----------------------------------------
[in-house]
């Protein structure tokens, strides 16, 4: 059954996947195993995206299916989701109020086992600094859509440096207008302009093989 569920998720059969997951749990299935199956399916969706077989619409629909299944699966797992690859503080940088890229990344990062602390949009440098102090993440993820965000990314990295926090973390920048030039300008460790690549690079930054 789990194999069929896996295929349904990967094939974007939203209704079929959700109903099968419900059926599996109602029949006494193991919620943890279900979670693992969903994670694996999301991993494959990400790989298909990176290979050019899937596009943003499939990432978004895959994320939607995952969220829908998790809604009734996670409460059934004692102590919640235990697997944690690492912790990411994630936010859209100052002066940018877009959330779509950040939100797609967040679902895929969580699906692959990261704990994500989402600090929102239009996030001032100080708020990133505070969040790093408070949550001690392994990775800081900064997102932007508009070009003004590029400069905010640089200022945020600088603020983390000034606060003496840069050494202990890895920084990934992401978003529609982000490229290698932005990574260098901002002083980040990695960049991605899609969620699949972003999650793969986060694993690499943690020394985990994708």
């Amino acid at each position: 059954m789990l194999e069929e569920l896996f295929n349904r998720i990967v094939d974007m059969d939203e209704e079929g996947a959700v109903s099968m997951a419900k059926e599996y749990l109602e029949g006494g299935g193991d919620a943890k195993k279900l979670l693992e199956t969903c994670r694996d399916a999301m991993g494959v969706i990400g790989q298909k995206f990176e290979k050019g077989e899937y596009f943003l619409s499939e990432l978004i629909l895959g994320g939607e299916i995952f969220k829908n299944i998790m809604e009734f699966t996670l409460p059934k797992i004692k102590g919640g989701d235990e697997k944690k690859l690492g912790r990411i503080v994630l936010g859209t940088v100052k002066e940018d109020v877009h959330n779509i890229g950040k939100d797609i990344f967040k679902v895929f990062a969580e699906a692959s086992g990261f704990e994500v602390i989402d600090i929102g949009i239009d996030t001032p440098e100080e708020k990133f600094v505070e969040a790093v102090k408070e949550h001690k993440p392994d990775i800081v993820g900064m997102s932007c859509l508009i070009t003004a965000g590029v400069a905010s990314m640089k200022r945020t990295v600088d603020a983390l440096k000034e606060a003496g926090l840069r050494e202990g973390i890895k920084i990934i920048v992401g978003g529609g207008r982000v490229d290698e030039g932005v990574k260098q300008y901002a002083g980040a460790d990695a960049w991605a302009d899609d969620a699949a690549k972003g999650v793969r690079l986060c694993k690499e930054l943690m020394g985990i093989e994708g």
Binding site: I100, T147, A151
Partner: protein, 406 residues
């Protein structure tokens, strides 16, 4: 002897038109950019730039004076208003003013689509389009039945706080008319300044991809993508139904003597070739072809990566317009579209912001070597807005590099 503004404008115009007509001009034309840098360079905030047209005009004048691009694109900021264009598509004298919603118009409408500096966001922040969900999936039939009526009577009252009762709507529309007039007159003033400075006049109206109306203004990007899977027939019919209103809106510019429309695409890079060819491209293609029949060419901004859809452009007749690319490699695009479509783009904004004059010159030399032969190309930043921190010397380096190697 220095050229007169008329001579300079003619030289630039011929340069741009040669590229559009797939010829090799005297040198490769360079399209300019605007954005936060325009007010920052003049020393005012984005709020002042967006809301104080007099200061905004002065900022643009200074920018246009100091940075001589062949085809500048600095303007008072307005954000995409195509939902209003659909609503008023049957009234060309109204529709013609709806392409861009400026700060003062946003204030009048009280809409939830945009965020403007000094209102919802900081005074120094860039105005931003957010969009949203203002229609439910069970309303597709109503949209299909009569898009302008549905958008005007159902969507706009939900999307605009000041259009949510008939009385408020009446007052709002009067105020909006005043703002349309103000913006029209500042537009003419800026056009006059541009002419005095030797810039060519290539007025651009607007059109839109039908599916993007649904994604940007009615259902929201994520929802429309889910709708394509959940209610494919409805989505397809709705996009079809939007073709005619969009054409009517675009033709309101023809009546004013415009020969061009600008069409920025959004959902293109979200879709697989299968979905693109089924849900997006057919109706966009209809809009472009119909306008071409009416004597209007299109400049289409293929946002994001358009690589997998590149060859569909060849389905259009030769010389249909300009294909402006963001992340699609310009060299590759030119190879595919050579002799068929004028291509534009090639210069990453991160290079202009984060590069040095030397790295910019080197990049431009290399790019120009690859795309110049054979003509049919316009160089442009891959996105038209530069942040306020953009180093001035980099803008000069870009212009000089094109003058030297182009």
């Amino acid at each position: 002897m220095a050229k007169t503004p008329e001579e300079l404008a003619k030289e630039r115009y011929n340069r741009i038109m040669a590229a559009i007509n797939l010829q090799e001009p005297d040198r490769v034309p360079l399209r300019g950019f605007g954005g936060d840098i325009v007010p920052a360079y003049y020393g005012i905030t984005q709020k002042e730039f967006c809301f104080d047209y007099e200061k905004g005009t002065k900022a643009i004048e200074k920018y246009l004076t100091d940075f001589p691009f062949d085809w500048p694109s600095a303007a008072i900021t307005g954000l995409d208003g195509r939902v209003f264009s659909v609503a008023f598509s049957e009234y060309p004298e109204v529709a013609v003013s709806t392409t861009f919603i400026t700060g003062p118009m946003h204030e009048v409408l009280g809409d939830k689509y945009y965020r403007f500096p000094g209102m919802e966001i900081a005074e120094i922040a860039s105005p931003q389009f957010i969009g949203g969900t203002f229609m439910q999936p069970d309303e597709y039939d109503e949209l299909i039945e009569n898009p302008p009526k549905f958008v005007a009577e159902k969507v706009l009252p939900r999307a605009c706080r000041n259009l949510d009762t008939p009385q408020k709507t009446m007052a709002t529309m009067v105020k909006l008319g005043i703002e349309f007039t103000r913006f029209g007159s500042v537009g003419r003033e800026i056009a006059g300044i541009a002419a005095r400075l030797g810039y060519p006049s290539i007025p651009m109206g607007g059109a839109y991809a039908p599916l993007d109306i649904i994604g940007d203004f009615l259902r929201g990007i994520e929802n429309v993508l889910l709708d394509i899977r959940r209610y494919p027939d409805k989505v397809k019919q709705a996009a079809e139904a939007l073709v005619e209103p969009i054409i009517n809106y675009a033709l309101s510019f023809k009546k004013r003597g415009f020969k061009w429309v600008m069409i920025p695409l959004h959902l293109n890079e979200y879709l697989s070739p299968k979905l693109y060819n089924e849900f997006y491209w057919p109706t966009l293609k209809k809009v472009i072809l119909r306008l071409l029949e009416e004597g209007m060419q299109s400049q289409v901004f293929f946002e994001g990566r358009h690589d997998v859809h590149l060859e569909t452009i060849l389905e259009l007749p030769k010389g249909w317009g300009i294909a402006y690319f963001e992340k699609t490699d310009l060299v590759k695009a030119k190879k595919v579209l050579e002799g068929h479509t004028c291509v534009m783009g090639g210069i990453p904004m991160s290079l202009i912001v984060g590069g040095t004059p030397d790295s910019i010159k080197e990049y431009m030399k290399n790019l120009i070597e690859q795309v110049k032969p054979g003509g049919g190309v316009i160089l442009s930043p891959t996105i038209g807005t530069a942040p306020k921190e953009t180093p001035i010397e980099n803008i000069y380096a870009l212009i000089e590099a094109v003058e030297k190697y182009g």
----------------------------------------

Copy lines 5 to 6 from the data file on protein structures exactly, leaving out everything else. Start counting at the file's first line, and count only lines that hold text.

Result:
Partner: protein, 406 residues
């Protein structure tokens, strides 16, 4: 002897038109950019730039004076208003003013689509389009039945706080008319300044991809993508139904003597070739072809990566317009579209912001070597807005590099 503004404008115009007509001009034309840098360079905030047209005009004048691009694109900021264009598509004298919603118009409408500096966001922040969900999936039939009526009577009252009762709507529309007039007159003033400075006049109206109306203004990007899977027939019919209103809106510019429309695409890079060819491209293609029949060419901004859809452009007749690319490699695009479509783009904004004059010159030399032969190309930043921190010397380096190697 220095050229007169008329001579300079003619030289630039011929340069741009040669590229559009797939010829090799005297040198490769360079399209300019605007954005936060325009007010920052003049020393005012984005709020002042967006809301104080007099200061905004002065900022643009200074920018246009100091940075001589062949085809500048600095303007008072307005954000995409195509939902209003659909609503008023049957009234060309109204529709013609709806392409861009400026700060003062946003204030009048009280809409939830945009965020403007000094209102919802900081005074120094860039105005931003957010969009949203203002229609439910069970309303597709109503949209299909009569898009302008549905958008005007159902969507706009939900999307605009000041259009949510008939009385408020009446007052709002009067105020909006005043703002349309103000913006029209500042537009003419800026056009006059541009002419005095030797810039060519290539007025651009607007059109839109039908599916993007649904994604940007009615259902929201994520929802429309889910709708394509959940209610494919409805989505397809709705996009079809939007073709005619969009054409009517675009033709309101023809009546004013415009020969061009600008069409920025959004959902293109979200879709697989299968979905693109089924849900997006057919109706966009209809809009472009119909306008071409009416004597209007299109400049289409293929946002994001358009690589997998590149060859569909060849389905259009030769010389249909300009294909402006963001992340699609310009060299590759030119190879595919050579002799068929004028291509534009090639210069990453991160290079202009984060590069040095030397790295910019080197990049431009290399790019120009690859795309110049054979003509049919316009160089442009891959996105038209530069942040306020953009180093001035980099803008000069870009212009000089094109003058030297182009």